School is back in session; seems like a perfect time to share my love of education.
I have always loved the process of learning and I am fortunate to be able to teach. For over a year now, I have been hosting the Quilt as You Go Sampler Quilt designed by Leonie West of Westalee Designs. In this course, students learn Ruler Work on their domestic sewing machines by using 7 different templates. Currently, I am conducting the course on-line. Leonie’s husband, Bill, filmed while she quilted every block. In these videos, she guides the students with her extensive knowledge of the products she invented. The two of them are an amazing team. The brilliance behind their collections of quilting ruler templates is beyond compare. They are so perfectly engineered and paired with their true 1/2″ ruler foot, a quilter will never lack for inspiration.
Why do I teach online? Ruler Work requires a flat surface and many quilters have their machines in a cabinet. The bigger machines that so many of us love, are too cumbersome to transport. Then there are those who either don’t live close to a local quilt shop or lack the means to get to one. I provide a place for them to go.
Here is the bag I made for my friend’s charity raffle. I used the book, The Better Bag Maker, by Nicole Mallalieu. There are a number of reasons I like this book. The first half is filled with great techniques including excellent ideas for giving your homemade bags a professional finish. The second half is a series of projects that are organized so that you build a new skill with each bag. Remember math? Learn how to add before you multiply. I love math, so this concept was an easy one…..except I didn’t follow it. Went straight to project number 2. I’ve made a few bags in my life, so what could go wrong?
Well, not really understanding the construction as it is a little different from anything I’ve done. Would have got that down in project 1. Then there was the time I spent redrafting the pattern so that I didn’t have to copy the pattern. Much easier to use a rotary cutter; and it was. Problem was that I was on a time crunch and no one would have known if I made the bag bigger or smaller than the pattern called for. (side note: another great thing about this book is that she teaches you how to adjust pattern sizes to your liking/needs/whim/whatever.) Great lesson, but again, if I had done project 1, the bag could have been done in less than a day. A few blunders, but the end result is exactly what I wanted.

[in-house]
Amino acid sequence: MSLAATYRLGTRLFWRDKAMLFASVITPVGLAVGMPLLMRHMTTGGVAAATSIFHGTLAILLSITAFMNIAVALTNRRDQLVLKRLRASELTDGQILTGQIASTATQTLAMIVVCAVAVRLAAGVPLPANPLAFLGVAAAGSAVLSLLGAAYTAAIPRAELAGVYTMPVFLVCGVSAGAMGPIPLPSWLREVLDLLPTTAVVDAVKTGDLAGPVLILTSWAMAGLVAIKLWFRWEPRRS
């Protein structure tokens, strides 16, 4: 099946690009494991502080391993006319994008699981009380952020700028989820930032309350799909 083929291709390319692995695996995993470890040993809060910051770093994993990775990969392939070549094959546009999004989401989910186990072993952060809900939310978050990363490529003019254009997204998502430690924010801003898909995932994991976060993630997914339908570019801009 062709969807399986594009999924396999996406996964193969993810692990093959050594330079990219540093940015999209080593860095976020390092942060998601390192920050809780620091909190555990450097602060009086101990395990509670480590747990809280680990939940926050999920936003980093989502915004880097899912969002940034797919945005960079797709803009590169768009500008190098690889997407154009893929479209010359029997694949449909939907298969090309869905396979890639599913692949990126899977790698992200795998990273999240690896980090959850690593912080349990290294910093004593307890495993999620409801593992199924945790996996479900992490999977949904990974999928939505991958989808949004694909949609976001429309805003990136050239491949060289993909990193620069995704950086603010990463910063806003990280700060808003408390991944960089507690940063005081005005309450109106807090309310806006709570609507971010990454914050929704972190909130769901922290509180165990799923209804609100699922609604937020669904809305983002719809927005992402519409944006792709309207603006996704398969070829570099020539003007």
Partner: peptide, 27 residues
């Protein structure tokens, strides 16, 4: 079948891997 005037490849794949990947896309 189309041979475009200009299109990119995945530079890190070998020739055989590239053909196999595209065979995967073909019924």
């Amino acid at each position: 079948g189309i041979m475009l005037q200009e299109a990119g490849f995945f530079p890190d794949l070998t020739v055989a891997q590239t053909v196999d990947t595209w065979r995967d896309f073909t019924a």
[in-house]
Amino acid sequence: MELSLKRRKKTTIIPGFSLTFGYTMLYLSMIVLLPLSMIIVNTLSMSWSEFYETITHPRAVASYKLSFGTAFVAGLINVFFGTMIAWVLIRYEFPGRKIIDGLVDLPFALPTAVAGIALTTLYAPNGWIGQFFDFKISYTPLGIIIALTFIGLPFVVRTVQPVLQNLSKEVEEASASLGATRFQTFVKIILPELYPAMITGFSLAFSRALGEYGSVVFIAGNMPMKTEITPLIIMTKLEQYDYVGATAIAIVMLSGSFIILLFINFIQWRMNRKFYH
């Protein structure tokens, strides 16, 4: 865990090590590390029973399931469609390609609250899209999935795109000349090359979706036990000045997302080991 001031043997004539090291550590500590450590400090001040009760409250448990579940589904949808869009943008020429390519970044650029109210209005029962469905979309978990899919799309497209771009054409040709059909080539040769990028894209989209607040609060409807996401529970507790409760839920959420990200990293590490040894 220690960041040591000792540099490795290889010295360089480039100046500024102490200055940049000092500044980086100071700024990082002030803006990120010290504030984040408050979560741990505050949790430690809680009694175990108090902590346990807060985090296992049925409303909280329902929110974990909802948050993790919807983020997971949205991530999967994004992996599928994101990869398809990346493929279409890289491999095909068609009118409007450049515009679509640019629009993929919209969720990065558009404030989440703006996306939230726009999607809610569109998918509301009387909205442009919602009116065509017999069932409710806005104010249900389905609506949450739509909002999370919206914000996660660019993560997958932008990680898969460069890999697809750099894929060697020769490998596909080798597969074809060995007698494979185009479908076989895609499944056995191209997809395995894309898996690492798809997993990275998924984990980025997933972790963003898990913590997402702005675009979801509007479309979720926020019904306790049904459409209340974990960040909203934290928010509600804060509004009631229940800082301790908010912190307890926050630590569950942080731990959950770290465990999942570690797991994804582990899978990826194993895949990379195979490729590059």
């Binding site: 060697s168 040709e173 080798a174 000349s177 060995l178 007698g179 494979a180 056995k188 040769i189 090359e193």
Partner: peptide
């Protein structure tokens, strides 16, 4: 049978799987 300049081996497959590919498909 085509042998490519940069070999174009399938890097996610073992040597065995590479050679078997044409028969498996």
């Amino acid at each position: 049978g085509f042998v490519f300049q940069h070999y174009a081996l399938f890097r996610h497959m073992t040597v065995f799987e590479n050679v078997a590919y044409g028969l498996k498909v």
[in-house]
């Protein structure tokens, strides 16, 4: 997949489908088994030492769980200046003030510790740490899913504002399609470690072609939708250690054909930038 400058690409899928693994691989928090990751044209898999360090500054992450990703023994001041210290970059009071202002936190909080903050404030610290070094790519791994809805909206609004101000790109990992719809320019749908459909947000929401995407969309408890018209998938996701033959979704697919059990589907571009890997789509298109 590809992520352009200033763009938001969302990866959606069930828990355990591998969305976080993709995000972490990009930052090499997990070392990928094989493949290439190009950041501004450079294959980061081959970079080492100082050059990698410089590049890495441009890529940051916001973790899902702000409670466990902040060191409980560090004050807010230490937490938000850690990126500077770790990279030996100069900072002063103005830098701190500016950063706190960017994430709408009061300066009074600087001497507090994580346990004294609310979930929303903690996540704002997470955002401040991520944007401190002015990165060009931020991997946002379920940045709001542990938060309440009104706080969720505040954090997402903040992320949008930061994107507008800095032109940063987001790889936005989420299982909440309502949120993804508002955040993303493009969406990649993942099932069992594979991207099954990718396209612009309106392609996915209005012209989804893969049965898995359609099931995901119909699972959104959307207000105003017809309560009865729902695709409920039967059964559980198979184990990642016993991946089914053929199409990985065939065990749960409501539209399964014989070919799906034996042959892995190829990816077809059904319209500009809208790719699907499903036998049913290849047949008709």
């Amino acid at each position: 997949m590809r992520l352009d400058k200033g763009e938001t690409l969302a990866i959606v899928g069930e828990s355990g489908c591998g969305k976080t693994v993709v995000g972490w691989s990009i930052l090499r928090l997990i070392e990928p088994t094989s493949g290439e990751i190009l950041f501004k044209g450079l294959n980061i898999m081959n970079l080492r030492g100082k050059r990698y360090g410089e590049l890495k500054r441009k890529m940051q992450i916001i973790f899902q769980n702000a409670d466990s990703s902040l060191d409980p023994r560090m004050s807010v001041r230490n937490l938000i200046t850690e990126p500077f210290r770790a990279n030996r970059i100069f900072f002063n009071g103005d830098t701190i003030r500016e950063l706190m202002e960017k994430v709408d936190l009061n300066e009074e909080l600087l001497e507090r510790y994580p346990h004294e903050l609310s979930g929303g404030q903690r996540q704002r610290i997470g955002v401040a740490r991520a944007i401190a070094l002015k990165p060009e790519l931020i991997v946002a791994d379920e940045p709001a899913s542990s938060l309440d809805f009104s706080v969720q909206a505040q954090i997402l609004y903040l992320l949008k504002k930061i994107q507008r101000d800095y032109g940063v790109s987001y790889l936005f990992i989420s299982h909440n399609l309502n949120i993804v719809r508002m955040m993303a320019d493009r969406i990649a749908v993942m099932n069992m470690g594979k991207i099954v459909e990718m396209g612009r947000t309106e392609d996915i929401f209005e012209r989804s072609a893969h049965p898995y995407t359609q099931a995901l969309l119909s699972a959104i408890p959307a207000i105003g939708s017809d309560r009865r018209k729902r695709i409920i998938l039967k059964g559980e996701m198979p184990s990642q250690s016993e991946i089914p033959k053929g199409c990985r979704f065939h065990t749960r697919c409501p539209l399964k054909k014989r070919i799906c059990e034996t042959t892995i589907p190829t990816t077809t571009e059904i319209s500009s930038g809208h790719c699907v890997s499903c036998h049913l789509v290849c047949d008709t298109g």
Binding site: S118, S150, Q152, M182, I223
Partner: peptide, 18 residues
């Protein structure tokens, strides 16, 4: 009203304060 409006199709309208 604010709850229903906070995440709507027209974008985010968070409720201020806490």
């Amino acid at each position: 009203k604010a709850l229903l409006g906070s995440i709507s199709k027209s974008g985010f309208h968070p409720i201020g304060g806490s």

Then there was the weather. Living in the Southwest, we are in the middle of Monsoon Season. Thunder and Lightning almost daily and usually late in the afternoon. I like to sew in the afternoon. OOOPS; didn’t factor that in and lost an entire afternoon and evening to a storm, which also left me with some extra water in my bathroom. NOT FUN.
All in all, it was a weekend well spent. I learned a few techniques, picked up a trick or two, and was able to present my friend with a homemade summery bag, that doesn’t look so homemade. To top that, it’s almost the end of July and I am more than half way to my goal for the year.
Here’s the photo of the top and inside “professional” finishing.
Painter’s tape is magical. It isn’t permanent so you can use it confidently knowing your fabric will not be ruined. I use it to mark tops for quilting. I tape patterns to my wall. You can tape someone’s mouth shut. (ok, I’m kidding on that one.) If you are a machine embroiderer, you can tape fabric and other items to your stabilizer. You can hold applique pieces down. You can tape blocks on your wall and VOILA! instant design wall. There are just so many amazing things you can do with a roll of blue painter’s tape. I have yet to have it not come off something, but that doesn’t mean you shouldn’t test it first. I know there are other colors out there, I just haven’t used them so I can’t comment.
If you use painter’s tape for sewing, please share.